Freddie Gick, Neela Mann & Andrew Booton, and right, Freddie Gick holds a restored WW1 battlefield wooden cross
On Tuesday 7 May at Parmoor House, Freddie Gick and local historian Neela Mann gave a fascinating and yet moving talk and presentation about the World War 1 battlefield crosses brought back to Cheltenham after the war. Found rotting in the Bouncers Lane Cemetery, 22 crosses were rescued and conserved in a project initiated by Freddie Gick.
With the help of a grant from the National Lottery Heritage Fund, the project led by Freddie, was successfully completed with the dedication and commitment of a team that included local historian Neela Mann, 14 pupils of Pittville School and their teacher, Hannah Taylor and the work of Stephen Umpleby's Artefacts Conservation Services.
A brochure and exhibition of the project will be on display at Parmoor House during this year's Heritage Open Days 13 - 22 September.
Civic Society Chair, Andrew Booton, George Ferguson and Mayor, Cllr Bernard Fisher
Set in the excellent Chapel Arts building, Civic Society Chair, Andrew Booton introduced the 2019 Cheltenham Civic Awards. The biennial Civic Awards are mananged by the Civic Society on behalf of the Borough Council. Awards Convenor, Bruce Buchanan assisted the Mayor, Cllr Bernard Fisher to present the Awards and Commendations to the winners. This year, Bruce and his panel of 12, considered 33 submissions from which 10 were finally selected.
The winning projects are:-
New Building: Award
Tilley Mews, Swindon Road
51 The Park
One Bayshill Road
Building Restoration: Award
Formal House, St George's Place
Axiom Apartments, Winchcombe Street
A full list of Awards and Commendations, clients, architects and contractors can be seen in the 2019 Awards Brochure.
After the fractious Council meeting in January, where public debate was stifled, the meeting arranged jointly by St Paul's Road Area Residents Association and Cheltenham Civic Society was most effective in allowing a full cross-section of views to be heard and debated. Civic Society Chair, Andrew Booton chaired a panel of Robert Duncan, Executive member of Cheltenham Chamber of Commerce; Cllr Steve Jordan, Leader of CBC; Cllr Nigel Moor, Glos CC; Jeremy Williamson, MD CBC Cheltenham Task Force; Adam Lillywhite, Chair of Cheltenham Hospitality Association, and Rupert Cox, MD of Stagecoach.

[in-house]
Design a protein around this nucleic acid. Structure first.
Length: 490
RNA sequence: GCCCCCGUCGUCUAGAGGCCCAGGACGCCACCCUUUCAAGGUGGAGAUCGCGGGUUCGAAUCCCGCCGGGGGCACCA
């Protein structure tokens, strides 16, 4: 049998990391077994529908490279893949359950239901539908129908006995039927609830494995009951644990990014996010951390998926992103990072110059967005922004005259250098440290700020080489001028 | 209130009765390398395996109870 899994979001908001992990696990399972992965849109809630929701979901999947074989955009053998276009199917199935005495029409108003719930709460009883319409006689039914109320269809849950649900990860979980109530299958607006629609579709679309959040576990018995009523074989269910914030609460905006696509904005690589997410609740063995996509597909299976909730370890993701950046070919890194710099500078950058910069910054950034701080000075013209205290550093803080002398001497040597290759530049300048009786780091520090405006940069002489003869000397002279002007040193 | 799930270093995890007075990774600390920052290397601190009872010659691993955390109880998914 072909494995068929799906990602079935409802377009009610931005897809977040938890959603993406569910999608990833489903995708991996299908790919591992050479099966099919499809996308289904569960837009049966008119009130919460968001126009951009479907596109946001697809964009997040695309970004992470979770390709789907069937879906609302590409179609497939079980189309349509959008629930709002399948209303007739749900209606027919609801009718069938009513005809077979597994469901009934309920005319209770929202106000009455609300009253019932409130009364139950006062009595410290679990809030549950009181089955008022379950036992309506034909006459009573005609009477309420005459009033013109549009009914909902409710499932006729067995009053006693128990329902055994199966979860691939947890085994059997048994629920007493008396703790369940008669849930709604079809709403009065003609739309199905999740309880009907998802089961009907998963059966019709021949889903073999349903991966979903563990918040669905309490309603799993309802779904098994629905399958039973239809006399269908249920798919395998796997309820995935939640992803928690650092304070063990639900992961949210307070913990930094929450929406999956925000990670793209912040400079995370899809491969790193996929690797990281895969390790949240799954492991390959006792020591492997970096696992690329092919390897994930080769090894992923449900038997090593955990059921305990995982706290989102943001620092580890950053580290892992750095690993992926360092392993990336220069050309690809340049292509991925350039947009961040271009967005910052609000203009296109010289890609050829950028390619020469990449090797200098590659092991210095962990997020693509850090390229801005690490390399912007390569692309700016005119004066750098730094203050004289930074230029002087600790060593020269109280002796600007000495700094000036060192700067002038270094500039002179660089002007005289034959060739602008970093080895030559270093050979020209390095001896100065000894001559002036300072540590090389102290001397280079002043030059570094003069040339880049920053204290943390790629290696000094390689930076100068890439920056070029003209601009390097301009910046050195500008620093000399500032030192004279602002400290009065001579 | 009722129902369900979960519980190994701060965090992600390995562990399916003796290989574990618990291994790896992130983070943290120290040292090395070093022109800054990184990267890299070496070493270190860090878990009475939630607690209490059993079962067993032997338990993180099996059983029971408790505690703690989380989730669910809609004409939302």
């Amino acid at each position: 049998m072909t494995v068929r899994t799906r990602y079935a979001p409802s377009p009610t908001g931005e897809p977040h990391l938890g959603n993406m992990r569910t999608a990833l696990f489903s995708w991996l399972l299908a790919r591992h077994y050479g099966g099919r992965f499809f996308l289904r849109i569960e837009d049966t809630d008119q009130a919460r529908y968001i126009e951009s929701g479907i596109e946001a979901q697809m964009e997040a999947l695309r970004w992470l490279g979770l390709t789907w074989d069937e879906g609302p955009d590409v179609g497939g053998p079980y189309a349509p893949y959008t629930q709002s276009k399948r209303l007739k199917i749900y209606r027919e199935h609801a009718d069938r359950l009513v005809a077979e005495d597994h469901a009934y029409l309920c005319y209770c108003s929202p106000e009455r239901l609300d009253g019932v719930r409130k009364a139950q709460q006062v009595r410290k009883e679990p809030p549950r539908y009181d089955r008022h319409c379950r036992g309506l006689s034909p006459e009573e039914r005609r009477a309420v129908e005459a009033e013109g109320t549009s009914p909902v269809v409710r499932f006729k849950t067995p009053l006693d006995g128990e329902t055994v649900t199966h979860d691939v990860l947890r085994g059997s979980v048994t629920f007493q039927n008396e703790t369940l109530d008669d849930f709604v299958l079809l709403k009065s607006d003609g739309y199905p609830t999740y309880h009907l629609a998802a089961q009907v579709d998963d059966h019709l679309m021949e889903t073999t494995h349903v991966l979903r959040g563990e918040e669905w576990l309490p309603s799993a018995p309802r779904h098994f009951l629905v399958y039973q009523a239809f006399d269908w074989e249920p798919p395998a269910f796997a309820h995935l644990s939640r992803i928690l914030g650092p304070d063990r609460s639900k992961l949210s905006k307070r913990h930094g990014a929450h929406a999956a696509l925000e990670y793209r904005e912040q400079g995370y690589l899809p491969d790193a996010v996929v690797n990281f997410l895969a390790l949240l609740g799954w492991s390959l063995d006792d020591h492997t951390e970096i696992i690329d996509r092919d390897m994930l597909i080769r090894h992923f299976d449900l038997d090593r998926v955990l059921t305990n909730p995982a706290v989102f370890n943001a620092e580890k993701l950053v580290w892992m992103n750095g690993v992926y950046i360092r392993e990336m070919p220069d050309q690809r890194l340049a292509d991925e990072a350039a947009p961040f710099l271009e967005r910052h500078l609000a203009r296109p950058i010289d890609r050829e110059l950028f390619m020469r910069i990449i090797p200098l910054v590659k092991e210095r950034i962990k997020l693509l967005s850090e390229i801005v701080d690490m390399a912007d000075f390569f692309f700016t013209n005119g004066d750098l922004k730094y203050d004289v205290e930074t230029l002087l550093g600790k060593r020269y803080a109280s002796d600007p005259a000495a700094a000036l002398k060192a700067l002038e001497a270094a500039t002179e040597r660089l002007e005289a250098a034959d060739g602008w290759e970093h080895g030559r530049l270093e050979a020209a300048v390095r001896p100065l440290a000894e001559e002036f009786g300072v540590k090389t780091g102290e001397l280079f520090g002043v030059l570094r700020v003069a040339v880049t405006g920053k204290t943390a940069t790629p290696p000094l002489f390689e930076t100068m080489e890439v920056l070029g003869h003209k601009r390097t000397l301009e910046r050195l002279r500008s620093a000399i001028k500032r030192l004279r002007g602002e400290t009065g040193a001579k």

Whilst some of the panel presented a rosy view of Cheltenham's economic success, the meeting was brought firmly back to reality by Adam Lillywhite's review of decreasing hotel and restaurant activity attributed to the effects of the Boots Corner closure.
After much comment and debate, it is clear that many problems have arisen as a result of the Boots Corner closure. A broad consensus might suggest that whilst many would like to see Boots Corner become a fully pedestrianised space, many feel that the closure trial has proceeded without proper pre-planning. There appears to be inadequate before and after traffic and pollution monitoring in the many streets now affected, and no planning of alternative traffic routes.
We must hope that lessons learnt from the trial will lead to the radical thinking necessary to improve Cheltenham's
Mr & Mrs Andrew Ellis, owners of 60 London Road
New plaque honours VC war hero
On Thursday 11 April, Cheltenham Mayor Cllr Bernard Fisher unveiled a commemorative blue plaque at 60 London Road, the Cheltenham home of WWI war hero Lt-Col James Forbes-Robertson. This was the anniversary of the valiant 1918 action in France for which Forbes-Robertson was awarded the Victoria Cross.
Forbes-Robertson was educated at Cheltenham College, and is buried at the cemetery in Bouncer’s Lane, but until now has not been publicly honoured in the town. He was awarded the VC for his ‘most conspicuous bravery whilst commanding his battalion’ during action at Vieux-Berquin, in northern France, on 11 and 12 April 1918.Cheltenham can boast four VCs, and all four now blue plaques.
Igniting the Urban Regeneration Fuse
In his trade-mark red trousers, the first elected Mayor of Bristol, architect and RIBA past-president, George Ferguson gave a superlative, passionate and thought-provoking lecture on urban regeneration. Illustrated by excellent examples of many Bristol initiatives, including his own acquisition of the redundant Victorian red-brick W D & H O Wills tobacco factory to save it from demolition. Now housing a theatre and restaurants, it kick-started the regeneration of the local neighbourhood. As Bristol Mayor, George used his position to introduce many small-scale projects to reclaim the streets and encourage individual neighbourhoods to make a difference.
The final image admirably summed up the important message of his much applauded talk:
store the car
fight the Philistines
liberate the streets
free range the kids
get on your bikes
Regency Cheltenham Tour & Tea with Captain Henry Skillicorne
Applications discussed at the
15 April Planning Forum